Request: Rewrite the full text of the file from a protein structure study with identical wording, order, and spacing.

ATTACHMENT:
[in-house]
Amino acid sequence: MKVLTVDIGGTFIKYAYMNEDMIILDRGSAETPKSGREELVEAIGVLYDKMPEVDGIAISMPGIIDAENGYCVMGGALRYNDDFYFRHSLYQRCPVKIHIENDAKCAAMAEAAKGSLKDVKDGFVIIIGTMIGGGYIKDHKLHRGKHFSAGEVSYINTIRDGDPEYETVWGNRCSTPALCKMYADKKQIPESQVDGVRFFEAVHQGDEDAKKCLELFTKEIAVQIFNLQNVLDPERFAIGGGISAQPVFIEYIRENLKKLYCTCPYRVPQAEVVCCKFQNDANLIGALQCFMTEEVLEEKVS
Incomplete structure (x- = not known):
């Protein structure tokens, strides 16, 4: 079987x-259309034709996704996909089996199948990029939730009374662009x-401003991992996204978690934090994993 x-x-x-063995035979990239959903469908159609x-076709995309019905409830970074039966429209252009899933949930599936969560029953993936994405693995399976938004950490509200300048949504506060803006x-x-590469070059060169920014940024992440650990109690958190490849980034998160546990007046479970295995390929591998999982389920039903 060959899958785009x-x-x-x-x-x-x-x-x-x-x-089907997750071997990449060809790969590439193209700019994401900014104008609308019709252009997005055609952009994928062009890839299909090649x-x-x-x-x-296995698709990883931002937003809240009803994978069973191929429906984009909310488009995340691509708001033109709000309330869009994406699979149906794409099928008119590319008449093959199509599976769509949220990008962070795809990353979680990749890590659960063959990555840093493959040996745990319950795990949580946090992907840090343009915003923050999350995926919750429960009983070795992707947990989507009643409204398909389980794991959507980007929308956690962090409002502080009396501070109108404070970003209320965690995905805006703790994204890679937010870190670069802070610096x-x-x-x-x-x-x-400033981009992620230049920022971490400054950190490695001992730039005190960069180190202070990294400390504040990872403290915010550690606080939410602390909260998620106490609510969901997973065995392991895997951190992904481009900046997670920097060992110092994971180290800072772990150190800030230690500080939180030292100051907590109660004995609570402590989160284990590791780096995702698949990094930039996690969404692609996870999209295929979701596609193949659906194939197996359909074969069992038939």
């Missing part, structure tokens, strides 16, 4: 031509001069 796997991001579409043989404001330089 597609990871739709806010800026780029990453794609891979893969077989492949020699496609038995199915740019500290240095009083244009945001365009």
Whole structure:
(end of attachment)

[in-house]
Amino acid sequence: MKVLTVDIGGTFIKYAYMNEDMIILDRGSAETPKSGREELVEAIGVLYDKMPEVDGIAISMPGIIDAENGYCVMGGALRYNDDFYFRHSLYQRCPVKIHIENDAKCAAMAEAAKGSLKDVKDGFVIIIGTMIGGGYIKDHKLHRGKHFSAGEVSYINTIRDGDPEYETVWGNRCSTPALCKMYADKKQIPESQVDGVRFFEAVHQGDEDAKKCLELFTKEIAVQIFNLQNVLDPERFAIGGGISAQPVFIEYIRENLKKLYCTCPYRVPQAEVVCCKFQNDANLIGALQCFMTEEVLEEKVS
Incomplete structure (x- = not known):
């Protein structure tokens, strides 16, 4: 079987x-259309034709996704996909089996199948990029939730009374662009x-401003991992996204978690934090994993 x-x-x-063995035979990239959903469908159609x-076709995309019905409830970074039966429209252009899933949930599936969560029953993936994405693995399976938004950490509200300048949504506060803006x-x-590469070059060169920014940024992440650990109690958190490849980034998160546990007046479970295995390929591998999982389920039903 060959899958785009x-x-x-x-x-x-x-x-x-x-x-089907997750071997990449060809790969590439193209700019994401900014104008609308019709252009997005055609952009994928062009890839299909090649x-x-x-x-x-296995698709990883931002937003809240009803994978069973191929429906984009909310488009995340691509708001033109709000309330869009994406699979149906794409099928008119590319008449093959199509599976769509949220990008962070795809990353979680990749890590659960063959990555840093493959040996745990319950795990949580946090992907840090343009915003923050999350995926919750429960009983070795992707947990989507009643409204398909389980794991959507980007929308956690962090409002502080009396501070109108404070970003209320965690995905805006703790994204890679937010870190670069802070610096x-x-x-x-x-x-x-400033981009992620230049920022971490400054950190490695001992730039005190960069180190202070990294400390504040990872403290915010550690606080939410602390909260998620106490609510969901997973065995392991895997951190992904481009900046997670920097060992110092994971180290800072772990150190800030230690500080939180030292100051907590109660004995609570402590989160284990590791780096995702698949990094930039996690969404692609996870999209295929979701596609193949659906194939197996359909074969069992038939």
């Missing part, structure tokens, strides 16, 4: 031509001069 796997991001579409043989404001330089 597609990871739709806010800026780029990453794609891979893969077989492949020699496609038995199915740019500290240095009083244009945001365009």
Whole structure: